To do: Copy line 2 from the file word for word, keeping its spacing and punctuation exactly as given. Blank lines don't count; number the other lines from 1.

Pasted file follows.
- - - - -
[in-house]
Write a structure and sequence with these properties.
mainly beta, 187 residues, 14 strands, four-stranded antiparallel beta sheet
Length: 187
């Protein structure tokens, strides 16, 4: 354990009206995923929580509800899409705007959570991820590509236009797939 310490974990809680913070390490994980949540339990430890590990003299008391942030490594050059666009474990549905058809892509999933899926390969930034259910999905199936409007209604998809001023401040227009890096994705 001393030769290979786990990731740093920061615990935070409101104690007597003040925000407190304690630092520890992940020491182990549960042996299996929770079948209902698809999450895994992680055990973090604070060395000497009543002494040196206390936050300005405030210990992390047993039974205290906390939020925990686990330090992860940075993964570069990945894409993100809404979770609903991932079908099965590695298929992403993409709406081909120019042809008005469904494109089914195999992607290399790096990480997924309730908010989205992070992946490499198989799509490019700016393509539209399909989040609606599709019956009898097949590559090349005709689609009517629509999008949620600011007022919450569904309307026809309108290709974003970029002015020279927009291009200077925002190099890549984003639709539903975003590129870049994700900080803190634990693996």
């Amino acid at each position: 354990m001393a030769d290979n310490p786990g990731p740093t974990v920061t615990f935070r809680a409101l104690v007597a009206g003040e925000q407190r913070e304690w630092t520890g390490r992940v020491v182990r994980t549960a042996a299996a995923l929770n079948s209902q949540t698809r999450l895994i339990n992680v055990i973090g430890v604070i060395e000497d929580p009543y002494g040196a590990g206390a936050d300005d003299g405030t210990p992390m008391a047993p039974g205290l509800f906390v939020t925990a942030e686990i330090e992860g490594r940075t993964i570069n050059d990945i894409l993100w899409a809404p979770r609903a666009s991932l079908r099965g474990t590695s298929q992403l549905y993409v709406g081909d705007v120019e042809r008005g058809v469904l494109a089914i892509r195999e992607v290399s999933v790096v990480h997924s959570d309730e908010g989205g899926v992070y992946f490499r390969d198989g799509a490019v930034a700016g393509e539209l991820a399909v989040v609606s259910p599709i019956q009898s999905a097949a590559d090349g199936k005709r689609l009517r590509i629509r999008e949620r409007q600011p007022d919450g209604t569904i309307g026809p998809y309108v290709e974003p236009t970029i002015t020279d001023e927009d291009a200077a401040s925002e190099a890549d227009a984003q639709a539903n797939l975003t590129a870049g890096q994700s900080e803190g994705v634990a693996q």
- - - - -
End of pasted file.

Write a structure and sequence with these properties.